Aleteia

Wuerl Replaces Burke on Congregation for Bishops

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Americans have had an influential role in the Vatican in recent years, an influence that continues with new appointments by Pope Francis.

American prelates have featured prominently in Pope Francis’s reconfiguration of the Roman Curia. Among them are Cardinal Seán O’Malley, Archbishop of Boston, who is one of eight cardinals serving on the Pope’s personal advisory council. Cardinal Daniel DiNardo of Galveston-Houston, who was elected vice-president of the USCCB last month by his peers in the American episcopate, also enjoys close ties to the Roman Pontiff. Cardinal Raymond Burke, who was appointed by Benedict XVI as head of the Apostolic Signatura (the Church’s highest court of canon law), has been yet another decisive American figure in the Vatican, not only in that capacity, but also as one of two American members (the other being Cardinal Justin Rigali of Philadelphia) of the Congregation for Bishops – the curial body responsible for making recommendations to the Pope on episcopal appointments around the world.

Yesterday, the Vatican announced Pope Francis’s latest changes to the makeup of the membership of the Congregation. Among them is a new addition to the list of high-ranking American prelates within the Vatican: Cardinal Donald Wuerl of Washington, who has become the sole American within the influential Congregation, as neither Rigali nor Burke saw a renewal of their membership. While Wuerl will remain as Archbishop of Washington, he will find himself Rome-bound on a much more frequent basis now. Additional drops from the Congregation include two Italians – Cardinal Maura Piacenza and Cardinal Angelo Bagnasco.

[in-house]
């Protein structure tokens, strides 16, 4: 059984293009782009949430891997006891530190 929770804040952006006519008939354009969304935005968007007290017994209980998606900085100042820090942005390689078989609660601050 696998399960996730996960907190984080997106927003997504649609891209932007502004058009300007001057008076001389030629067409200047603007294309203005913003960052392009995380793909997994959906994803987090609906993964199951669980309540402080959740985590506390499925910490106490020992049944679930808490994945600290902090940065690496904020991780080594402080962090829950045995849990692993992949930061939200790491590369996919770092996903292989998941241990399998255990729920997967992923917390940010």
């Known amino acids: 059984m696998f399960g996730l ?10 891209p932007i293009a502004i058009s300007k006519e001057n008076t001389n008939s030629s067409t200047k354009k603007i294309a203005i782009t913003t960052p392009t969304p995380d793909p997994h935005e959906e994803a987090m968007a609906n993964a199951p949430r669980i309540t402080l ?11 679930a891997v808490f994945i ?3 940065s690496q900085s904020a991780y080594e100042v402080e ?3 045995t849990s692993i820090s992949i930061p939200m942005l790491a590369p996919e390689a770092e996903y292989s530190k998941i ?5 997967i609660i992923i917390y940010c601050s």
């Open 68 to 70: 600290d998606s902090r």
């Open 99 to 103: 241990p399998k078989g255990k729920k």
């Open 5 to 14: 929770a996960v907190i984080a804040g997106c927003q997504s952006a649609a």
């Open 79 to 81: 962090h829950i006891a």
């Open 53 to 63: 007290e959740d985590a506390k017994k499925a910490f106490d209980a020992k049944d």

Francis also added to the Congregation, in addition to Wuerl, Archbishop Nichols of Westminster, Cardinal Robles Ortega of Guadalajara, Cardinal Braz de Aviz, and Archbishops Parolin, Stella, and Baldisseri. It remains to be seen how these new appointments might impact the sorts of episcopal appointments that are made for the various dioceses throughout the Catholic Church worldwide.